I've been playing around with the various disk/file encryption methods for Linux and I'm particulcarly impressed by LUKS on the Gnome desktop as described here. LUKS is a standard for hard disk encryption using the linux kernel (2.6) crypto API and dm-crypt mapper.
What I really wanted from disk encryption was ease of use and cross platform portability. I have tried out truecrypt which fits the bill for being cross platform but I found is still a little tedious for use on the desktop (perhaps I'll do another post about my adventures with truecrypt).
Anyhow, LUKS/HAL only just made it into Fedora Core 5 (without much fanfare) and really does make linux disk encryption easy; encrypt your partition, create a file system, plug in your device! The instructions below were based of the how-to from here .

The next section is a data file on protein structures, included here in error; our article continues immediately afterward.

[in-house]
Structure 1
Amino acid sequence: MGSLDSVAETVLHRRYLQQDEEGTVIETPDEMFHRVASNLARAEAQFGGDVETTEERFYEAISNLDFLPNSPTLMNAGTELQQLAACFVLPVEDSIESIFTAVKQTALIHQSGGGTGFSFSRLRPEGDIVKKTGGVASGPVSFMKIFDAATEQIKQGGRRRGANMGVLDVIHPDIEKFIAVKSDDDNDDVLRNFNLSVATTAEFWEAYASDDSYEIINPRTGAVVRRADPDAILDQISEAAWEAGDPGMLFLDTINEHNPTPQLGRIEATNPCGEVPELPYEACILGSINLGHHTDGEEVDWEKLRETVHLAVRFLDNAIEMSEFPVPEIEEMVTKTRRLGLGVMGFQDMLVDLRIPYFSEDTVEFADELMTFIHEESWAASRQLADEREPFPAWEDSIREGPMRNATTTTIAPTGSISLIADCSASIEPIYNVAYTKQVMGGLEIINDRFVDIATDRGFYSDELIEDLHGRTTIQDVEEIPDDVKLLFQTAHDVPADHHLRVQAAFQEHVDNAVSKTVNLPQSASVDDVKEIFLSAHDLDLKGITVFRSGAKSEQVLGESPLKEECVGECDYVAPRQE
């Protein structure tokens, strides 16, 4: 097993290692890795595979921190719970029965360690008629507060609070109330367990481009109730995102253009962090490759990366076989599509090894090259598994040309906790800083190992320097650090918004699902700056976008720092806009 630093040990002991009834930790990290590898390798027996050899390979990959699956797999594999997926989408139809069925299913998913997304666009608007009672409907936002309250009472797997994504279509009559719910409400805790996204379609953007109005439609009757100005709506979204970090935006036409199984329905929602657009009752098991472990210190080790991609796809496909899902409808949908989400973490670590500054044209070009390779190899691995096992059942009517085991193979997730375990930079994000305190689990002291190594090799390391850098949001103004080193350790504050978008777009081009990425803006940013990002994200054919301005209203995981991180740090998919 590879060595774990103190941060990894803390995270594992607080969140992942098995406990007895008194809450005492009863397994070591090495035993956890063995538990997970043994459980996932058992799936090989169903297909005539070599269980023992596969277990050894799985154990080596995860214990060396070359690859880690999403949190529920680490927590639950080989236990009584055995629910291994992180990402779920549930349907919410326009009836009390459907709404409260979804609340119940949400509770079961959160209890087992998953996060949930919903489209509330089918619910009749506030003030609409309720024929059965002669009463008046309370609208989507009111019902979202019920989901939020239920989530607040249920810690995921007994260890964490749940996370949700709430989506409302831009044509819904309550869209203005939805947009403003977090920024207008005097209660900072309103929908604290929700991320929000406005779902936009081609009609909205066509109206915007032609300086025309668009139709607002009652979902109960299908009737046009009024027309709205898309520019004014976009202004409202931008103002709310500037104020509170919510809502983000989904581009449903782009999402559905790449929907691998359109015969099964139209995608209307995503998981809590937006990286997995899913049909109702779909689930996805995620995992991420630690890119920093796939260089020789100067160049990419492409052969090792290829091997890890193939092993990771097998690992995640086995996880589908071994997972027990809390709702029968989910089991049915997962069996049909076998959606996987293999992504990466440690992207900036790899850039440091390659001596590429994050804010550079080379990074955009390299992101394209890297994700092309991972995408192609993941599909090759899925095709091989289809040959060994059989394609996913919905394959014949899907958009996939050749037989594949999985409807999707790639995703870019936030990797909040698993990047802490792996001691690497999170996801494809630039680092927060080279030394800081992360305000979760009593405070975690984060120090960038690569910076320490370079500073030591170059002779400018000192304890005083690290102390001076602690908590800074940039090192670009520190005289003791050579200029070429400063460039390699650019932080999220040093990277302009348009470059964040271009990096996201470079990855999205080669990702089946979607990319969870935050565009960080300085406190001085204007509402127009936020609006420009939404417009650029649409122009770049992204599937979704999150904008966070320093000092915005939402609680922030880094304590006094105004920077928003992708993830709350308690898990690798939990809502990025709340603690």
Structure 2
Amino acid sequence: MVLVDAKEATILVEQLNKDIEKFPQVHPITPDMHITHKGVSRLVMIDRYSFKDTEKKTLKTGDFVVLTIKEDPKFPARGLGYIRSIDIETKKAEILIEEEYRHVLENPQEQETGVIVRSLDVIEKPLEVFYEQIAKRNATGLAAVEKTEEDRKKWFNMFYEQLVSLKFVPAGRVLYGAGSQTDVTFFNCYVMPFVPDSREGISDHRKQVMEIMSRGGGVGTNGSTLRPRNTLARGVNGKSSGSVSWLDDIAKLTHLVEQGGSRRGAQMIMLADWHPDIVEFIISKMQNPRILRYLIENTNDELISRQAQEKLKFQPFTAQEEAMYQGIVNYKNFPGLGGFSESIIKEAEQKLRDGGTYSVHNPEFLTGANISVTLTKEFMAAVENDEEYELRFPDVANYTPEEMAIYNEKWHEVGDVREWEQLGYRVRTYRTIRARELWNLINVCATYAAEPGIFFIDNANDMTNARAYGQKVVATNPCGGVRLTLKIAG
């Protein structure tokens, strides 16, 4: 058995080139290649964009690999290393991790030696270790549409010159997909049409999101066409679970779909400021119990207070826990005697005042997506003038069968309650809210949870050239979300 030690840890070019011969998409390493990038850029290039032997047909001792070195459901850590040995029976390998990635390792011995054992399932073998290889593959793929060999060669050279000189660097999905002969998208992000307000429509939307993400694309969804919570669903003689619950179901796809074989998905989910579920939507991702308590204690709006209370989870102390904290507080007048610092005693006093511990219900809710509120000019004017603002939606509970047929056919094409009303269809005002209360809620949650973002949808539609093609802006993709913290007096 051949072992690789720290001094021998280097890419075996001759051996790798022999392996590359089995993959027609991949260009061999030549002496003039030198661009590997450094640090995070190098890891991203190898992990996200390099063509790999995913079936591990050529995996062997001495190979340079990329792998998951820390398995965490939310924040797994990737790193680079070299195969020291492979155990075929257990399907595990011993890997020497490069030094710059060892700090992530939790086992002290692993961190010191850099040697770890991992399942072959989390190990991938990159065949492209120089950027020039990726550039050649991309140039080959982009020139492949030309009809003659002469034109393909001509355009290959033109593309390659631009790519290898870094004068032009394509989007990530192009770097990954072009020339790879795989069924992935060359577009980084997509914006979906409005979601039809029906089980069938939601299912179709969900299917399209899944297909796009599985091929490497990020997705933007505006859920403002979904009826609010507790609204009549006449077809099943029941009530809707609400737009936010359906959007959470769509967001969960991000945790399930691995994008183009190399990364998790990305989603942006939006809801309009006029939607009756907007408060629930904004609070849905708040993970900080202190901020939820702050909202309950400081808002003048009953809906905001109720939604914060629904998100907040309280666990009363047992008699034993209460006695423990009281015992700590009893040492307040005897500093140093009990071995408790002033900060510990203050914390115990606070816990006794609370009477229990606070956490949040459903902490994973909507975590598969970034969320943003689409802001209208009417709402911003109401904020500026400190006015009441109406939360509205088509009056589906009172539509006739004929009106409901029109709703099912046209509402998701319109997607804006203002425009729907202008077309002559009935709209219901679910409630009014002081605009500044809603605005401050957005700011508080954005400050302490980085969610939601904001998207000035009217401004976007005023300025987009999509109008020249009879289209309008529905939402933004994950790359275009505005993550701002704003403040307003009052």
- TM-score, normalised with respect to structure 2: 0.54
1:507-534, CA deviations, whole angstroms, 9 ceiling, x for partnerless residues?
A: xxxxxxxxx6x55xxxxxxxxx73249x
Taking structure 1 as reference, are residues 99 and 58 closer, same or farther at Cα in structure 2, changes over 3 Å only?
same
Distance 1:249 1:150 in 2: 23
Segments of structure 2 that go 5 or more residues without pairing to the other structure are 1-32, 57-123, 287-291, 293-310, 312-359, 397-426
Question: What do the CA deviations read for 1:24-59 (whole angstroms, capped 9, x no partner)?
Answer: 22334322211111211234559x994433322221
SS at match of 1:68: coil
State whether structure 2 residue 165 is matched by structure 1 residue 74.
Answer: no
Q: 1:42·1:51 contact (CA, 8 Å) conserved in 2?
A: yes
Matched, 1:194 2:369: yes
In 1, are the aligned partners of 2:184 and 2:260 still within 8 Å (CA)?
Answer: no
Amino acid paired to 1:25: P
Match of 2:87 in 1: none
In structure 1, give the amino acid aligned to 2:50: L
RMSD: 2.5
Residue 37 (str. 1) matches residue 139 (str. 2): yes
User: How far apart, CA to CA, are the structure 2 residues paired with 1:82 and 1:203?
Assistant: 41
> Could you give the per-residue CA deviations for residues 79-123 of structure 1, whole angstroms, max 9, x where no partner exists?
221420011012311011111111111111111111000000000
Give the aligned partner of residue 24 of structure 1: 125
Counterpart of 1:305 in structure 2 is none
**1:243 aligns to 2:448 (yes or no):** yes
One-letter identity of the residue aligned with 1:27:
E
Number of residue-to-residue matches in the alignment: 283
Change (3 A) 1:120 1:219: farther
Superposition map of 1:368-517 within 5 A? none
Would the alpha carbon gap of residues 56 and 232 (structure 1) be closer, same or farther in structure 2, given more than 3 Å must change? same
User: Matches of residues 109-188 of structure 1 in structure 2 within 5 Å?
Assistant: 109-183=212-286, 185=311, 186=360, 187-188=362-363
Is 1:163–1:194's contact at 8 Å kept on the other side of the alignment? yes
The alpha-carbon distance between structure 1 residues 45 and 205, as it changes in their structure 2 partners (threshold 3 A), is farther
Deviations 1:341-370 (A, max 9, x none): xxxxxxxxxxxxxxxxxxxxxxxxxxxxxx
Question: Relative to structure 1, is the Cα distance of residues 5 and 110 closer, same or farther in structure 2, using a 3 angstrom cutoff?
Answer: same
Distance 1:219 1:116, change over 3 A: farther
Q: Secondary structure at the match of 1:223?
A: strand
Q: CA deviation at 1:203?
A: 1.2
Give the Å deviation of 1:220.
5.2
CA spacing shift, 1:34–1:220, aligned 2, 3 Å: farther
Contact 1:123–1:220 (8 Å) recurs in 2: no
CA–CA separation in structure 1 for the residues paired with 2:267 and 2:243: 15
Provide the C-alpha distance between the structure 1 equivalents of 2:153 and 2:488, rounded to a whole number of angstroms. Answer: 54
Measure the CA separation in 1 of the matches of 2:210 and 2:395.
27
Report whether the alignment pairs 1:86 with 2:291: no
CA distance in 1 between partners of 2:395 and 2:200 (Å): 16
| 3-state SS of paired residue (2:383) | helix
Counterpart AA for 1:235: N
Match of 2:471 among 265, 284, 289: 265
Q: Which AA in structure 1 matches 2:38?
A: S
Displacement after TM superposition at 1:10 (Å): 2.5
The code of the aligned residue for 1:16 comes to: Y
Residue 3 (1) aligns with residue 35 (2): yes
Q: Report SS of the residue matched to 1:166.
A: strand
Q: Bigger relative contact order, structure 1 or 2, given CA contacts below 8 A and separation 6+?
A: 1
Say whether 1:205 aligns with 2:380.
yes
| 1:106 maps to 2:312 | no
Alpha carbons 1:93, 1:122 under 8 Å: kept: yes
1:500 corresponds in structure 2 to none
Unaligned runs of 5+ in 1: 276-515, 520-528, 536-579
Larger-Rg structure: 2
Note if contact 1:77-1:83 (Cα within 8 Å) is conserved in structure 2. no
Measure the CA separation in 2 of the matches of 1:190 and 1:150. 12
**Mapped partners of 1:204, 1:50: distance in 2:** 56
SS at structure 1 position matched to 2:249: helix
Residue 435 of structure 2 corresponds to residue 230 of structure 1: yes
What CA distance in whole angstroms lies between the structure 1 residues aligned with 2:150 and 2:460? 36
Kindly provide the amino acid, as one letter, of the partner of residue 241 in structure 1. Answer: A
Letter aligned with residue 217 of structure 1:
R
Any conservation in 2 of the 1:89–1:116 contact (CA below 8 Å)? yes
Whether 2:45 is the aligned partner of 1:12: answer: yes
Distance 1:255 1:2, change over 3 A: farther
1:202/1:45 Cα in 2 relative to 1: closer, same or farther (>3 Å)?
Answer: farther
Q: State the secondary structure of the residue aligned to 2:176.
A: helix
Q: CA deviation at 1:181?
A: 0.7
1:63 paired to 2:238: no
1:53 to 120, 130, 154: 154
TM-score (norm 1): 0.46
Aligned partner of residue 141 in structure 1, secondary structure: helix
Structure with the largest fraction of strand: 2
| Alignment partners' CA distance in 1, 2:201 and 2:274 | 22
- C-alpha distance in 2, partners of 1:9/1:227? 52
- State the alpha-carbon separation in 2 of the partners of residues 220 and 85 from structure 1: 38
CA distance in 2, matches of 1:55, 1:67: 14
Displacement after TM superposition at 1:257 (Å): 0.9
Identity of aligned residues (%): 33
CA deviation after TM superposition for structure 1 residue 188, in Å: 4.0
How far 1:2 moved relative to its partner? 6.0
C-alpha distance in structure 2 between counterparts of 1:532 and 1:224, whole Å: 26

1. Identify the volume you will be encrypting with dmesg. In my case the partition is /dev/sda1 on an external usb2 hard disk which I had previously created with fdisk.
2. Make sure the device is not mounted:
# umount /dev/sda1
3. Create the LUKS partition on the usb drive:
# cryptsetup --verbose --cipher "aes-cbc-essiv:sha256" --key-size 256 -verify-passphrase luksFormat /dev/sda1
Enter and confirm the passphrase for the volume. I suggest using a long passphrase (at least 10 characters, but the more the better obviously!) with a mix of case and numbers.
4. Create a device mapping from the virtual crypto volume to the physical device:
# cryptsetup luksOpen /dev/sda1 usbdisk
This will create a block device /dev/mapper/usbdisk.
5. Make a new file system on our new device:
# mkfs.vfat -v -F 32 -n "20GB USB" /dev/mapper/usbdisk
This will create a FAT32 file system on my external usb disk (I hope to use this with windows too at some point!)
6. Now we just unplug and re-insert the usb disk and:
Up pops the password dialogue box for our disk! Enter the passphrase for the volume and the disk will be mounted in /media with a conveniant shortcut on the desktop.